Natalie Ratabesi has a great head for business—a rarity for most in the creative realm. She is the founder and designer of Tre by Natalie Ratabesi, a luxury fashion label based in Los Angeles that has accrued a steady following among fashion editors and other style setters.
Bucking the industry belief that prescribes how emerging brands should focus on one category to succeed, Ratabesi is a taking a diversified approach. Her line offers both casual and formalwear at luxury price points, where most of her pieces hit close to the $1,000 range. She is going after a consumer who wants to trust one brand to outfit them for all occasions. She is going through channels that give her the greatest visibility. She is creating pieces through Internet search terms.
Ratabesi is growing her business steadily, and not jumping in with all guns blazing. She is seemingly a new kind of fashion designer—one who understands the change in consumer spending, one that creates for the market instead of dictating it.
Here, Ratabesi elaborates on how she plans on being successful in the fashion industry.
Barry Samaha: How did your past experiences in the fashion industry prepare you for this venture?
Natalie Ratabesi: I have worked with top luxury houses, billion-dollar contemporary brands and some of the biggest names in fashion, including Christian Dior, Ralph Lauren, and Yeezy. I’ve learned how to build a luxury fashion house and how to run a startup. This mix of experiences has taught me to observe everything that is constantly changing in fashion. Things have changed greatly since I started in this industry, but the reality is that some things have remained the same. At this point in my career, I am now able to treasure these various experiences.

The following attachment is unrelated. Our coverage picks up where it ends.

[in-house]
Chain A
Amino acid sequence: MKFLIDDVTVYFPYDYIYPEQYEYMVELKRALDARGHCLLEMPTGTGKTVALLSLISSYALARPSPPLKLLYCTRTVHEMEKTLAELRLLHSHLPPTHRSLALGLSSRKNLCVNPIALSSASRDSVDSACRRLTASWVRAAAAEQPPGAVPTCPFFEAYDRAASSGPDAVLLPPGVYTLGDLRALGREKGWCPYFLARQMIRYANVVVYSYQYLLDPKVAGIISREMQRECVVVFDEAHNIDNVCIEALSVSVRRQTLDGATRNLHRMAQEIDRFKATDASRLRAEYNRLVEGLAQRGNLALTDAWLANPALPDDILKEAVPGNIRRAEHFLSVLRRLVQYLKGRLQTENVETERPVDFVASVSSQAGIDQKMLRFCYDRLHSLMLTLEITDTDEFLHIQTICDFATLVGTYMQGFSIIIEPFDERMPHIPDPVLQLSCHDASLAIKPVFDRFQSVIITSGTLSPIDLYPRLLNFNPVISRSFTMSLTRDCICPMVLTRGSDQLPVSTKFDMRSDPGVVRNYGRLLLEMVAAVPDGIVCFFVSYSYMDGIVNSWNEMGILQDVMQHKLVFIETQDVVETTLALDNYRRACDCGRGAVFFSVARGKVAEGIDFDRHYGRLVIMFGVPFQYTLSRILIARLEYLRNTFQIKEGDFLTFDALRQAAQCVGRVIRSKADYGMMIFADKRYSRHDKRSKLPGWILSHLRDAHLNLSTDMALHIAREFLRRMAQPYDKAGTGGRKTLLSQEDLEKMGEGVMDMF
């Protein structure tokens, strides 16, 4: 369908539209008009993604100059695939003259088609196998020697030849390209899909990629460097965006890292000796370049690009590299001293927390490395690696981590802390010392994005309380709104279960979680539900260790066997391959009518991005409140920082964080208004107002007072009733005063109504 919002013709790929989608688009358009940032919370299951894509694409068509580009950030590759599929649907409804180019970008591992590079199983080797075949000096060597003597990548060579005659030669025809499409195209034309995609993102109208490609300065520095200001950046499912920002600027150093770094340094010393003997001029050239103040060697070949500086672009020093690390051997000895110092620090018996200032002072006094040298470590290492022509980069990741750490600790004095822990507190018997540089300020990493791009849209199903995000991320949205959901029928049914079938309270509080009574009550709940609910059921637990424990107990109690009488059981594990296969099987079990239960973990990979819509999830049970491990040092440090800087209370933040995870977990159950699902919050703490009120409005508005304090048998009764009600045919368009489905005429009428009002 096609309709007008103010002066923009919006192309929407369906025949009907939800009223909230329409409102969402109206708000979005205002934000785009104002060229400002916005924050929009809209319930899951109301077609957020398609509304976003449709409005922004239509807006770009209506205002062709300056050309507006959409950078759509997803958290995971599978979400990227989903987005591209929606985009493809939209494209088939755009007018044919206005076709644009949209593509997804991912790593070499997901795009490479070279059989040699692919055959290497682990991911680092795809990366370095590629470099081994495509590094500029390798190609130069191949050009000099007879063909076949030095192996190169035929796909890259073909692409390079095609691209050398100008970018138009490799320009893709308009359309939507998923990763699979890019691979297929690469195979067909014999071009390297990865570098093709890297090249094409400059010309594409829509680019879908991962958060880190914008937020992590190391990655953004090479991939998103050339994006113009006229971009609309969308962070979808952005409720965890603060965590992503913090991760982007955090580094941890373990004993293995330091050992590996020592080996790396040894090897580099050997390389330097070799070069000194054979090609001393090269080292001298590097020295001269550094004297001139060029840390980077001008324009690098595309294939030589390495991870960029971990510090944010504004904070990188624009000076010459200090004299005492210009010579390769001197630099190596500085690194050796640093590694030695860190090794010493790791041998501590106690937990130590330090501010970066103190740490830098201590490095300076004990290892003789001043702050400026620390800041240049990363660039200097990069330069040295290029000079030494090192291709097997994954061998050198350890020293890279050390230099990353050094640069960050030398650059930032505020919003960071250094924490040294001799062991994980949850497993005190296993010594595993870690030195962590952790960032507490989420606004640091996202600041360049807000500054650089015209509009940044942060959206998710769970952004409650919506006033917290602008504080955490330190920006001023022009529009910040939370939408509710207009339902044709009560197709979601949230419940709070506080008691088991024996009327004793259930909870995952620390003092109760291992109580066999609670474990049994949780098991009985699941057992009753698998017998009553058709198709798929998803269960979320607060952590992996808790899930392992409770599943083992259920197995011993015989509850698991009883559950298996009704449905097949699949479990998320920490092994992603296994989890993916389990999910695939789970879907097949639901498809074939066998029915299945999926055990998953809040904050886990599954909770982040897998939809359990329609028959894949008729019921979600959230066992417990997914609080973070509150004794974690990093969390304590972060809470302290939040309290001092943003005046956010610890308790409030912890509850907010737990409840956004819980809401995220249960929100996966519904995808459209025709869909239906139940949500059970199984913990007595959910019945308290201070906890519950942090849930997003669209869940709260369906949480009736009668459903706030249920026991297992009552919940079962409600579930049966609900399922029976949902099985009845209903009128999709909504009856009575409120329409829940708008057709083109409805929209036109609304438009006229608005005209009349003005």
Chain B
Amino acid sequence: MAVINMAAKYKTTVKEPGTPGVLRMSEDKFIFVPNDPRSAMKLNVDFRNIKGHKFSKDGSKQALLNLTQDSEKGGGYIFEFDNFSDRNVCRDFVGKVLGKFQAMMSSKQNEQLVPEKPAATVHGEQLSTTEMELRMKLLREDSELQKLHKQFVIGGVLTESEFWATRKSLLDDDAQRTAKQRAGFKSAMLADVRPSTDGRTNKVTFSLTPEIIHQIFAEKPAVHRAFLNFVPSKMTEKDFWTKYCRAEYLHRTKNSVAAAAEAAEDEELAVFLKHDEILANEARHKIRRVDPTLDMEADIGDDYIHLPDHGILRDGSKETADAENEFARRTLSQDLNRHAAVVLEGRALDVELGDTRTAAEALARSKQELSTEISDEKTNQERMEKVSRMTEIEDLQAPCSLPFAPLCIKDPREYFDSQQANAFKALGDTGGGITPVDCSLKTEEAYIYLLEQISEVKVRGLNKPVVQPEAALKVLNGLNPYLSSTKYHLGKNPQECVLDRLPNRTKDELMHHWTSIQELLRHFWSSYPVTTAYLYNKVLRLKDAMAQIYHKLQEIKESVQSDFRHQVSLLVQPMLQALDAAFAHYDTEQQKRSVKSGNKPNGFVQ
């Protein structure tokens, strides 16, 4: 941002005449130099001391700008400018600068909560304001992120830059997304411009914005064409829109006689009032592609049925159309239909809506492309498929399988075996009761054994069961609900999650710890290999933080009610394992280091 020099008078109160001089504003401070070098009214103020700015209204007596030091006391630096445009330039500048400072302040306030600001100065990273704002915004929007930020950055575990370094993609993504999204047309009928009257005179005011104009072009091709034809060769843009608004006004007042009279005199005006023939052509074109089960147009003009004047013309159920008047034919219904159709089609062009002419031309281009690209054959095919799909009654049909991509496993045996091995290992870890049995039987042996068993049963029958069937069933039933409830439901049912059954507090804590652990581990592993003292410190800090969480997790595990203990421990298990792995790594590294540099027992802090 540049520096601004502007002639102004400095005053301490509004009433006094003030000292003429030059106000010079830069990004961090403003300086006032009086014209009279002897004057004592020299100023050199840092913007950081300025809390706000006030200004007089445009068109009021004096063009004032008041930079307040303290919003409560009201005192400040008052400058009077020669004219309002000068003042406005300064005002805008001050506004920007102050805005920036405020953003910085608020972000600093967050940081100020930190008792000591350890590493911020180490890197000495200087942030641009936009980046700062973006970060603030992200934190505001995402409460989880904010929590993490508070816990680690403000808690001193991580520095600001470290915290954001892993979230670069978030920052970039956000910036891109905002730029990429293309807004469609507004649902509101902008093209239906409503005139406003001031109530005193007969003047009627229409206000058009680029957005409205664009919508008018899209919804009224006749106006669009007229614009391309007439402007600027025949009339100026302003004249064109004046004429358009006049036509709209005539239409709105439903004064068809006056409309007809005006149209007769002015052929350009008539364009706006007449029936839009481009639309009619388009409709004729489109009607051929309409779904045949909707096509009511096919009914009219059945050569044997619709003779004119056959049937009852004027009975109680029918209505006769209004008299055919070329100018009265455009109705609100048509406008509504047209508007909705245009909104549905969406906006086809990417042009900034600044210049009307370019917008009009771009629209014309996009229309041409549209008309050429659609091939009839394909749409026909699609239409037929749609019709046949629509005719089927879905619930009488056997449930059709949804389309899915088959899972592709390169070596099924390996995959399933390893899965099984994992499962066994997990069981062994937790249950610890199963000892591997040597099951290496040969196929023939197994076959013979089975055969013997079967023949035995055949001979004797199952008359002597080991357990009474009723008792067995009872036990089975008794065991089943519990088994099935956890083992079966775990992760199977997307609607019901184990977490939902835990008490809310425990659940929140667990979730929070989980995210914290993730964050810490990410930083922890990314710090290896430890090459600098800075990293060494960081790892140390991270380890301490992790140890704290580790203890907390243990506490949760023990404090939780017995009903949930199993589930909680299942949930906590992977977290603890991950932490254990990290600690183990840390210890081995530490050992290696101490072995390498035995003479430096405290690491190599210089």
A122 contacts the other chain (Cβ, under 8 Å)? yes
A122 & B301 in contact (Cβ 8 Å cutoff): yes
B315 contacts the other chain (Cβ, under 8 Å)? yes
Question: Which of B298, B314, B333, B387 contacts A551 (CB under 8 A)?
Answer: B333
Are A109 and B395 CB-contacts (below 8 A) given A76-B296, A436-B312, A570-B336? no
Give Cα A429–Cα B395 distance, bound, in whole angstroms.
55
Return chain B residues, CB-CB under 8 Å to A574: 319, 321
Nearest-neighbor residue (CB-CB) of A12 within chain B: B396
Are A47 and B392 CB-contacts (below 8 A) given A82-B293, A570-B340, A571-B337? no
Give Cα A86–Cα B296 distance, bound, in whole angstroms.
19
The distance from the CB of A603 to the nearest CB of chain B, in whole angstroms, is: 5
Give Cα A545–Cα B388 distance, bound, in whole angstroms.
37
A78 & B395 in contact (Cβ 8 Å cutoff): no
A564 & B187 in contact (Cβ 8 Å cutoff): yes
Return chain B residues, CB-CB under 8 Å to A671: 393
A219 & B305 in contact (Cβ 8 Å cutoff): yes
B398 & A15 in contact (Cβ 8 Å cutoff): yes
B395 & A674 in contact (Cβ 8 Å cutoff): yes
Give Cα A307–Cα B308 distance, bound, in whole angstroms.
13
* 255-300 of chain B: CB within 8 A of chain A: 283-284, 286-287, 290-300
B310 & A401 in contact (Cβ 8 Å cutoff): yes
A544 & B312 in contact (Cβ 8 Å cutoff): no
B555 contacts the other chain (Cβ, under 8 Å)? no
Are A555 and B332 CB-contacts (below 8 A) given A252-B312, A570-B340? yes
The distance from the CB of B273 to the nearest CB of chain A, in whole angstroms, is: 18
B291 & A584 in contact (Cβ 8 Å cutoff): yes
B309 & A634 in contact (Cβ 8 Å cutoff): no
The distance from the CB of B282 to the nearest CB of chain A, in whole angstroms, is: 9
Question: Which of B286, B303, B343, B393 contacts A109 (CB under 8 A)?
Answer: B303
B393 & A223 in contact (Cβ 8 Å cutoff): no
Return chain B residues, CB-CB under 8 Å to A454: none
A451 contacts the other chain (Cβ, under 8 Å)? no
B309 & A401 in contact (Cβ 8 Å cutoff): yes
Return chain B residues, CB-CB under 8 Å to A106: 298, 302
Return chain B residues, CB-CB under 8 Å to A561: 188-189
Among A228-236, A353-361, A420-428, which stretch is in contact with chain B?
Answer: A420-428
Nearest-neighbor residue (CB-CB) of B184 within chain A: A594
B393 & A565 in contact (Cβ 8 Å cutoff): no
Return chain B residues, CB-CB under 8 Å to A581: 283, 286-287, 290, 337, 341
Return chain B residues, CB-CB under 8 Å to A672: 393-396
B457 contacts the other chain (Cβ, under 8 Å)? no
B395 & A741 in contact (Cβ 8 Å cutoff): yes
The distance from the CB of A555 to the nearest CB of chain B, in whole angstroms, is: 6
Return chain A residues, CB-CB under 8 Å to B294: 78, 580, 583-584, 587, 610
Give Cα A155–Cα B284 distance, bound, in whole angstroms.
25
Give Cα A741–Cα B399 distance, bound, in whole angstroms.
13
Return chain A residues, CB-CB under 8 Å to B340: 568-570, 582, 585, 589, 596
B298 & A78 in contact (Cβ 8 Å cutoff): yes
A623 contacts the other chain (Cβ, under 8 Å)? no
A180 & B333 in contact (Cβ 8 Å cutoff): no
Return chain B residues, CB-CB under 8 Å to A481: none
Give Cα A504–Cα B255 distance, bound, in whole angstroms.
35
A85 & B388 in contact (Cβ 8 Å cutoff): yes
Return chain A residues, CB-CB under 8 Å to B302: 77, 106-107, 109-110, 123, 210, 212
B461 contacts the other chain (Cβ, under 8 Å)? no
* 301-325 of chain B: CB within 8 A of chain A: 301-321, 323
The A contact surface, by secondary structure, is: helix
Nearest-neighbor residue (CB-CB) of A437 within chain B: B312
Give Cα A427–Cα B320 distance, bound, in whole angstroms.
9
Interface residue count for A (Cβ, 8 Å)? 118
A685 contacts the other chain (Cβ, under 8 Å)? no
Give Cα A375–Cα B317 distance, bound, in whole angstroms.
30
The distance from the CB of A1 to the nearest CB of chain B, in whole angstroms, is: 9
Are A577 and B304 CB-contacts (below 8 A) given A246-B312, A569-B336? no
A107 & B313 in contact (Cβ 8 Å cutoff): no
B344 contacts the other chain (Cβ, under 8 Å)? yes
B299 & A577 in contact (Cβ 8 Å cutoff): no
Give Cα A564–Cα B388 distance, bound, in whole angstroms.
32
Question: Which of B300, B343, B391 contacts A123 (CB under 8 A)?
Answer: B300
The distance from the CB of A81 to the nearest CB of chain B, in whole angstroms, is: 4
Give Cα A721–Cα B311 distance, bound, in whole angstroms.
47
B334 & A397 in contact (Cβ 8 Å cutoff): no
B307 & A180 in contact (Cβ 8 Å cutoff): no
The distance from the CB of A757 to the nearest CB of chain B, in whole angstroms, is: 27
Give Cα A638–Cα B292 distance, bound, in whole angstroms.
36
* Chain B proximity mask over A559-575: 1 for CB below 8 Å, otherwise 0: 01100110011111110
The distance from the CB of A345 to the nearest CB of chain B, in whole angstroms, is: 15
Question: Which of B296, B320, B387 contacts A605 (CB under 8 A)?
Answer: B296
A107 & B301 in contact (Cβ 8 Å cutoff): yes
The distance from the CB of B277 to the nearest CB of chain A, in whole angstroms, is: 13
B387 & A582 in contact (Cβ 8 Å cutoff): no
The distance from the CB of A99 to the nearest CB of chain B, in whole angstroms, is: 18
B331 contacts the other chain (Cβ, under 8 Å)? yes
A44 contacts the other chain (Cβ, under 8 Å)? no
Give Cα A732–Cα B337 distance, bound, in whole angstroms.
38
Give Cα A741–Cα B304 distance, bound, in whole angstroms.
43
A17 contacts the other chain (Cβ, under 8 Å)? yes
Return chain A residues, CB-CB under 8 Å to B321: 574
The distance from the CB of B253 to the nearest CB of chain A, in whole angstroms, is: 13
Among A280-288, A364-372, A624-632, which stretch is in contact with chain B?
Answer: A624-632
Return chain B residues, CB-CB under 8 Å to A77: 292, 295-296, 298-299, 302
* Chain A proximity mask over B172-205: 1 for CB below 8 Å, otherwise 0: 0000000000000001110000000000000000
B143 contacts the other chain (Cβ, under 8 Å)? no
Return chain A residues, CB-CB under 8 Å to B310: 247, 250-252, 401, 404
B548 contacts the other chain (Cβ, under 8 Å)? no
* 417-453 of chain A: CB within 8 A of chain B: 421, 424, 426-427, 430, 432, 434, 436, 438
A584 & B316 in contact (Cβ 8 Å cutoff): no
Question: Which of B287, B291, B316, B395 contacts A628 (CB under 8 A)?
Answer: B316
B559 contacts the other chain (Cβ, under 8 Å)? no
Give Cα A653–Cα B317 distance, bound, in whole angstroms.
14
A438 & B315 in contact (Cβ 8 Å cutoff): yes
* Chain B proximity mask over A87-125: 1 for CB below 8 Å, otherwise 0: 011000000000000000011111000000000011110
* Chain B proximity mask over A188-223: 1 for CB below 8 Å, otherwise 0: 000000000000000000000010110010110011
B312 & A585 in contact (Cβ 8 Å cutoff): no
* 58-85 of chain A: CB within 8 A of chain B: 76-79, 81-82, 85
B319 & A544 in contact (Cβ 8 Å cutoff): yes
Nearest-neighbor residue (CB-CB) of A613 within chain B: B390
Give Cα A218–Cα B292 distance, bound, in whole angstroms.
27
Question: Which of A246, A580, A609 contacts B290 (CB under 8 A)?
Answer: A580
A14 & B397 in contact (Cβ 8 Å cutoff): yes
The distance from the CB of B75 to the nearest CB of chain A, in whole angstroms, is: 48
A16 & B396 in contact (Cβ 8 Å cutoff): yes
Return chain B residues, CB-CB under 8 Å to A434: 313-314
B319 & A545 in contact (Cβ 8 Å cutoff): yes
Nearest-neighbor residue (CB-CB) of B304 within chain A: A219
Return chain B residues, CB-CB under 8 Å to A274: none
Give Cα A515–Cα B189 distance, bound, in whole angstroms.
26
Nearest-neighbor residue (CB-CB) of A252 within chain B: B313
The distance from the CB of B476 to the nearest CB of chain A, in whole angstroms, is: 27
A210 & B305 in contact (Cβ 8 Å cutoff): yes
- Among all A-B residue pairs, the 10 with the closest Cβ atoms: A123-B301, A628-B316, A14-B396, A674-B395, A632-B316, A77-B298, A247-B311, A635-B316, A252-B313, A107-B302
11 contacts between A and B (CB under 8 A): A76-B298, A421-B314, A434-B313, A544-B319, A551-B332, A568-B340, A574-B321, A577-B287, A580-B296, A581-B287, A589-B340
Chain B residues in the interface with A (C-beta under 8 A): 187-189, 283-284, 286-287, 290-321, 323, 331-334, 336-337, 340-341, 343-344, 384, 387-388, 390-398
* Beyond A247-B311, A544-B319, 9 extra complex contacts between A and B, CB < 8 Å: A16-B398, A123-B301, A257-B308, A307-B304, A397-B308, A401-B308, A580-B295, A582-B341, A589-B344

When you are young, you don’t fully realize the enormity of your experiences. Now I realize how great it has been and I am very aware of how it has changed. You need to find the right balance. I have learned the importance of thinking with the left and right part of my brain; the balance of creating and selling with emotion. Customers are highly educated today and have so much information in the palm of their hands. There is not as much loyalty to brands anymore, so you really have to create an emotional connection and speak to your customer. I keep my finger on the pulse by continuing to work with different brands while having my own line.
Samaha: How would you describe Tre by Natalie Ratabesi?
Ratabesi: Tre is a designer label with a high-low concept that has denim on one end and a luxury design house on the other. It includes dresses with quality and craftsmanship, rivaling those of the world’s best military-inflected tailoring, statement denim and a growing knitwear category spun from the best cashmere in the world. The brand is based out of my design studio in Los Angeles and the collections are manufactured and produced in Italy and LA.
Samaha: What do you bring to the fashion industry that didn’t exist before? Why should consumers consider your brand at all?
Ratabesi: I am welcoming people into my world and it feels authentic. It is when you try to be someone else that you fail. One of the most important things I learned from my mentor, Ralph Lauren, is that whatever you create has to be your dream.
Samaha: What is your brand most known for? What are your best sellers thus far?